A failed attempt at assimilation

By Brianna Randall

Dressed in an oversized button-up, ankle-length skirt, and wide-brim hat, I visited Angkor Wat expecting to blend in among the many other visitors, but I soon realized that this was not the case.

Within five minutes of descending from my tuk-tuk, groups of Cambodians and Koreans excitedly circled around me, making me the center of attention. Soon, I was barely able to hear or even focus on what my tour guide was saying  because of the double-takes and stares of either fear, admiration, or curiosity and the low mumbles in various languages that were, of course, foreign to me.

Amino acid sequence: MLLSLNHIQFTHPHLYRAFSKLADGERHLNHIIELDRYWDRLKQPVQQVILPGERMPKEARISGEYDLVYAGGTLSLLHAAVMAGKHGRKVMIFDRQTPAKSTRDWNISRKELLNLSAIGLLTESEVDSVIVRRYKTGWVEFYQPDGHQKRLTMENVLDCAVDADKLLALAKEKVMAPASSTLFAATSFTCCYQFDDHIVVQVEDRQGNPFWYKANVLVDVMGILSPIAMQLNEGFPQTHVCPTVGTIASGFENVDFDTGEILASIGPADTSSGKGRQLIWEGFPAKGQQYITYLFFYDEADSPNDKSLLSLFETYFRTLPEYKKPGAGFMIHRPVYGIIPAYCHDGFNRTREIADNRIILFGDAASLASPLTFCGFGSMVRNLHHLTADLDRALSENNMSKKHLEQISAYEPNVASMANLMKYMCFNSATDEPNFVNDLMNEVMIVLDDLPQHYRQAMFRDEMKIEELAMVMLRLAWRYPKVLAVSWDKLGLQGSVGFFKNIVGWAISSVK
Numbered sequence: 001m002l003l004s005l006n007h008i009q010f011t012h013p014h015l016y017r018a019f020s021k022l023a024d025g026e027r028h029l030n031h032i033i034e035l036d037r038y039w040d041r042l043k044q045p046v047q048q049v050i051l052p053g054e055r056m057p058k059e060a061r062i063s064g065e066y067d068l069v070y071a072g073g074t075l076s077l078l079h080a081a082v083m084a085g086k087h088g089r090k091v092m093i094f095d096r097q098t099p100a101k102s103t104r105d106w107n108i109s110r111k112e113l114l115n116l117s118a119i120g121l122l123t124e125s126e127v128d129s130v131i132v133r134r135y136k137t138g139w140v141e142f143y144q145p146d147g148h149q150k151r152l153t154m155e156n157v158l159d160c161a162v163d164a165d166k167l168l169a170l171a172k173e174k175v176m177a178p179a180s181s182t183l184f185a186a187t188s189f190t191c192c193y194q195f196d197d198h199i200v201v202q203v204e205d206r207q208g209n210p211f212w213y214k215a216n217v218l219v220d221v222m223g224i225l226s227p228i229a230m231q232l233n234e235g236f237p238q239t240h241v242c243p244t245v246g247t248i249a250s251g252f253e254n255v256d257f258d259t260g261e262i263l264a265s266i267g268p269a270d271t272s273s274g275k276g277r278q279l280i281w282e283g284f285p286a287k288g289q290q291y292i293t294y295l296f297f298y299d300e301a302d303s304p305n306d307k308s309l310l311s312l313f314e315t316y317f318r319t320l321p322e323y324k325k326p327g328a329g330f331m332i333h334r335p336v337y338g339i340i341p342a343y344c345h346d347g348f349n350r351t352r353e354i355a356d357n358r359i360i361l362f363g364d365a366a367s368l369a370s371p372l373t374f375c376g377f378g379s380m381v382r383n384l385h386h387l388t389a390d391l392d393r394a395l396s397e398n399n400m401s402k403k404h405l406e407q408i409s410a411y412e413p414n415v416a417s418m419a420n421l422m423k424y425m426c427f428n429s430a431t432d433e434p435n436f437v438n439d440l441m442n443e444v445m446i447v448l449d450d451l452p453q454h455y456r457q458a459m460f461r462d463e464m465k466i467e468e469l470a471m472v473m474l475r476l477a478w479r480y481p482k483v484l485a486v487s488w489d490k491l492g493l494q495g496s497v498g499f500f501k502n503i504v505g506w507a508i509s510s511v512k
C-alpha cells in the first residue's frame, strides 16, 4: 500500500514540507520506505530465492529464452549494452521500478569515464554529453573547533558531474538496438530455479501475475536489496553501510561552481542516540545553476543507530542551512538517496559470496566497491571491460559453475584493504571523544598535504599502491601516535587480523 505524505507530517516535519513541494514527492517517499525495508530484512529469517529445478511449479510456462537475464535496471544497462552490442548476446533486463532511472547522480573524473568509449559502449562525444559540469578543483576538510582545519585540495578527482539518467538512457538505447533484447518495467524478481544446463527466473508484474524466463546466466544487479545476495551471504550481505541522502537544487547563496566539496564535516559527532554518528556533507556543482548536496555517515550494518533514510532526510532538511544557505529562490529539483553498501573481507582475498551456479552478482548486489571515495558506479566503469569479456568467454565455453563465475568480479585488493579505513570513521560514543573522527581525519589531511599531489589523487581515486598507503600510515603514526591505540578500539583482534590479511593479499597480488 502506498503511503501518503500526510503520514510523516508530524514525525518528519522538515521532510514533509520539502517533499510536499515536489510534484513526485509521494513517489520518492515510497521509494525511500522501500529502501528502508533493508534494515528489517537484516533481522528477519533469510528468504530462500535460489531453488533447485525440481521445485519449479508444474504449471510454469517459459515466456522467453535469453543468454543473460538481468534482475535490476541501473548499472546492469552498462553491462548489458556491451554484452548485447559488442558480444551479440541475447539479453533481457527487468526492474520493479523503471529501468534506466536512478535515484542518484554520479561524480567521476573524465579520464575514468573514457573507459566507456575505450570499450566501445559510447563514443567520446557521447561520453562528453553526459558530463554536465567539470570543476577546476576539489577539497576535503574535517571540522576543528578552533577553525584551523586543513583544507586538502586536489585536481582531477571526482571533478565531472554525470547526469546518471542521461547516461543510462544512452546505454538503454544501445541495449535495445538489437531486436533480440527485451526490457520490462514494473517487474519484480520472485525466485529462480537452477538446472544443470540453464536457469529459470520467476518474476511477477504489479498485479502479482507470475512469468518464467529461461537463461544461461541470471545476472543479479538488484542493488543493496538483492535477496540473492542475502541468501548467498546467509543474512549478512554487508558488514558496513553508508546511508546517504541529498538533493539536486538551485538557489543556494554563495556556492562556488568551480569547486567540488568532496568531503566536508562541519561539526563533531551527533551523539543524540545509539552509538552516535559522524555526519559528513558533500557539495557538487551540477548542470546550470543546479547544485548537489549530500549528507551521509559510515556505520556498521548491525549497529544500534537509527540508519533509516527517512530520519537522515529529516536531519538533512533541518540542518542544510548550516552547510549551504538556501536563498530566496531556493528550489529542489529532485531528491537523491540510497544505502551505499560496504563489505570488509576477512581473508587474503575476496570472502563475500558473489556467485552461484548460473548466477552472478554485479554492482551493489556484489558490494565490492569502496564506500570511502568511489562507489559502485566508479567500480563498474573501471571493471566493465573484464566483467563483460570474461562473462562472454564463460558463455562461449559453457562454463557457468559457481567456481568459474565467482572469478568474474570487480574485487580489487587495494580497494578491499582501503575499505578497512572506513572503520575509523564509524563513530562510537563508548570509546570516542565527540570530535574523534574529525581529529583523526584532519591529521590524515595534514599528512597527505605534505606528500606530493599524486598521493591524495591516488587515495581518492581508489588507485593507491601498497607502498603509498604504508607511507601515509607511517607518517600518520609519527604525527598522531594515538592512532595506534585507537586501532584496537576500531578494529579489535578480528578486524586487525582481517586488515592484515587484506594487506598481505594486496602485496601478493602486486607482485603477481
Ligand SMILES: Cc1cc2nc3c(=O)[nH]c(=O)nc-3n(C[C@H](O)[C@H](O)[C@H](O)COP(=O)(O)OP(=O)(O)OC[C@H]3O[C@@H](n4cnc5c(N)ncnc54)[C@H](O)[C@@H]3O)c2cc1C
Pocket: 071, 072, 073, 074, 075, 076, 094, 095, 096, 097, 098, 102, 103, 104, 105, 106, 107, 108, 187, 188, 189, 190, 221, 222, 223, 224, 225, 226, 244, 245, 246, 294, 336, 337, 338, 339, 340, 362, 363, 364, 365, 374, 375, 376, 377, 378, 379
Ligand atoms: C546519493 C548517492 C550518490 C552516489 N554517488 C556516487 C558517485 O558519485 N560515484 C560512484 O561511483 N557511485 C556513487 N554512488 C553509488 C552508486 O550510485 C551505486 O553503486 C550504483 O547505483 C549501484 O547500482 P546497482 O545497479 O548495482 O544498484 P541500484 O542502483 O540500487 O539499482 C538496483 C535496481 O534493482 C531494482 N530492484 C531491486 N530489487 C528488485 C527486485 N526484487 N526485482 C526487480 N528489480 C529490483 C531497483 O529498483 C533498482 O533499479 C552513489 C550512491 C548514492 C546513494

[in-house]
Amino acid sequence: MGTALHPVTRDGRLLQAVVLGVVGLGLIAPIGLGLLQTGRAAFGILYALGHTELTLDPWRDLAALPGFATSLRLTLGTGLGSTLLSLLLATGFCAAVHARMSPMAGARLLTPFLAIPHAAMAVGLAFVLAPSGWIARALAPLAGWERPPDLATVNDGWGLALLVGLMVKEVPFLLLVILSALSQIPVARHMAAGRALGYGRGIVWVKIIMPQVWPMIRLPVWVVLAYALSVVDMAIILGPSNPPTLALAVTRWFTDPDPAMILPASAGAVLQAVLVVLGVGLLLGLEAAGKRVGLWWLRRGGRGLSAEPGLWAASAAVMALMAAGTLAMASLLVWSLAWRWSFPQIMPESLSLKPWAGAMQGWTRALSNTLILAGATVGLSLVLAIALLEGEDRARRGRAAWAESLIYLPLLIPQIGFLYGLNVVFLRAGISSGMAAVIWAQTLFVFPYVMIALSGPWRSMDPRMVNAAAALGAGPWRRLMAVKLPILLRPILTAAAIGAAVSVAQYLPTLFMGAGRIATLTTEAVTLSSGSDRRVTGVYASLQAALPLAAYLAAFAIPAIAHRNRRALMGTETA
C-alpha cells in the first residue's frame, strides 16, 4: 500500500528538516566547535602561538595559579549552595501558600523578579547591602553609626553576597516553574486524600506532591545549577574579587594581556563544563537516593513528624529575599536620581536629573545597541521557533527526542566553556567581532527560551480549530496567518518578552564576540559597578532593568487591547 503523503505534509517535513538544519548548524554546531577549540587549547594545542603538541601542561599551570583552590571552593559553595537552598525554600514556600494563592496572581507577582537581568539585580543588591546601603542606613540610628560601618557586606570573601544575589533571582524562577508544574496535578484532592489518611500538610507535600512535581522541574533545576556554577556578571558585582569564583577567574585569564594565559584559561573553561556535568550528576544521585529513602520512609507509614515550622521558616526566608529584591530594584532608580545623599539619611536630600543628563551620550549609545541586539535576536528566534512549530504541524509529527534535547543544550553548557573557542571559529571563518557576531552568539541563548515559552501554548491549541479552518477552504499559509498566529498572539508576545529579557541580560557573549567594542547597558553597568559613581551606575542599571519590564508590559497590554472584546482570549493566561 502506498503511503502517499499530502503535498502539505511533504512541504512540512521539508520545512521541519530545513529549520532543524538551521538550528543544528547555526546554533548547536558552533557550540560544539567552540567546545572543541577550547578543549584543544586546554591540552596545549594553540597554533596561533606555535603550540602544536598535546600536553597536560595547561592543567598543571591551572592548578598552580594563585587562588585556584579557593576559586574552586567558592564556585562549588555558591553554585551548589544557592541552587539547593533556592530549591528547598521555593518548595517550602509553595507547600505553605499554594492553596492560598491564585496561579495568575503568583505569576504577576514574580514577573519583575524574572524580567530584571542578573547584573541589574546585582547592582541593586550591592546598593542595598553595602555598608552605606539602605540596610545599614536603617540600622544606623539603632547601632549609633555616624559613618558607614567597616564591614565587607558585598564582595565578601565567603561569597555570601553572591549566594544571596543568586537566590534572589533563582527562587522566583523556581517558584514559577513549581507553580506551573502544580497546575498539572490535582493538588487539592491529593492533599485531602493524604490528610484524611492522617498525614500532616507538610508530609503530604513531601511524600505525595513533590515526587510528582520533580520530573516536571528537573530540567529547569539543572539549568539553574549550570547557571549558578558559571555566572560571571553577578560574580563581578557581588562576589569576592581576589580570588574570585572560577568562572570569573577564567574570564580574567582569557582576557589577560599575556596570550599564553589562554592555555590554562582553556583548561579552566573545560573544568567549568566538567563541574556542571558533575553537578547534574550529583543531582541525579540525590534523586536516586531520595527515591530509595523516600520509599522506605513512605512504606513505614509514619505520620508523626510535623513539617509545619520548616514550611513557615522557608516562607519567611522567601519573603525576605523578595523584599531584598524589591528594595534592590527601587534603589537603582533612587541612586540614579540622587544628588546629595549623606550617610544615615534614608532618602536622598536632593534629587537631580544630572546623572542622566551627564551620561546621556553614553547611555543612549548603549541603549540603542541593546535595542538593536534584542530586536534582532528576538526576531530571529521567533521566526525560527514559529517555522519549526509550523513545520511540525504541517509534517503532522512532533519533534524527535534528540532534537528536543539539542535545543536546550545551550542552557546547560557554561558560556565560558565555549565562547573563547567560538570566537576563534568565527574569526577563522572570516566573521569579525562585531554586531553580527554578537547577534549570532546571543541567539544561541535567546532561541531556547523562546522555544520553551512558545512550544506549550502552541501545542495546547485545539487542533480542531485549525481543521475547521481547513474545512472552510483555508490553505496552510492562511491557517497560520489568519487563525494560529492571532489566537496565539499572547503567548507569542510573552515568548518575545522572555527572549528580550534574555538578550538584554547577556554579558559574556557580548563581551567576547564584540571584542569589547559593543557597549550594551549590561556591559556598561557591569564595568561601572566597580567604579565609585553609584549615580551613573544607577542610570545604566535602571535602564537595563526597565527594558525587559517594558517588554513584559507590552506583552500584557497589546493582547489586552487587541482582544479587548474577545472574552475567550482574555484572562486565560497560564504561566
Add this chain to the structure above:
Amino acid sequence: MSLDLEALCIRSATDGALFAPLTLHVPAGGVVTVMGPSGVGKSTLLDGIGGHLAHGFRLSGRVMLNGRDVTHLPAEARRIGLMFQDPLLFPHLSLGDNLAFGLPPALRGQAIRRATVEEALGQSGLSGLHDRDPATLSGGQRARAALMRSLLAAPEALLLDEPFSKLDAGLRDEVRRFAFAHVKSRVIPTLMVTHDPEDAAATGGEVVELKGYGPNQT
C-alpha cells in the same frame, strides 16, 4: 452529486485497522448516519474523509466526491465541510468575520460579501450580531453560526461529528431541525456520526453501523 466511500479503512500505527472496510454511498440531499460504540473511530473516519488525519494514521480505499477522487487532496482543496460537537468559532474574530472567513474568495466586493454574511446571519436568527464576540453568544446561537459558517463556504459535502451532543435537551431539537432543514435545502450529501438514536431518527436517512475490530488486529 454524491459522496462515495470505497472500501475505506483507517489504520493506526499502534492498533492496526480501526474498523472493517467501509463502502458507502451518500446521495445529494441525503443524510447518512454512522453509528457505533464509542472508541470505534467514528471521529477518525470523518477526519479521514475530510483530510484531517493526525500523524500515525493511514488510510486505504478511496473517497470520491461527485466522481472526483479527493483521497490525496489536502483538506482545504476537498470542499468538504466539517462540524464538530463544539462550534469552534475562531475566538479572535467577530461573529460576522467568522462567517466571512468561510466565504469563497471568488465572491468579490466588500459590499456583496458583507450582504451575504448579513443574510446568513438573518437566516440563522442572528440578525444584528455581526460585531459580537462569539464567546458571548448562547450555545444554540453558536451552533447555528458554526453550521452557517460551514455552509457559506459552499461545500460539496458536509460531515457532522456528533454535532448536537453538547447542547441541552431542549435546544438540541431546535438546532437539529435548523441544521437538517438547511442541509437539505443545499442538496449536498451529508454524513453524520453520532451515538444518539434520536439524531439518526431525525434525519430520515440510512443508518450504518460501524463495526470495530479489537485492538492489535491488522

Despite all that I missed, I did hear my interpreter explain that people from all over Asia make visiting Angkor Wat at least once a lifetime goal. So, how did I, this lanky southern woman, manage to be more interesting than this one important moment in their lives?

It baffled me and, by the end of the tour, I felt self-conscious and confused. This feeling reamined until my tour guide happened to hear and interpret the words of one onlooker. “Who is that woman?!,” she translated. “Saart! That means ‘beautiful’!”


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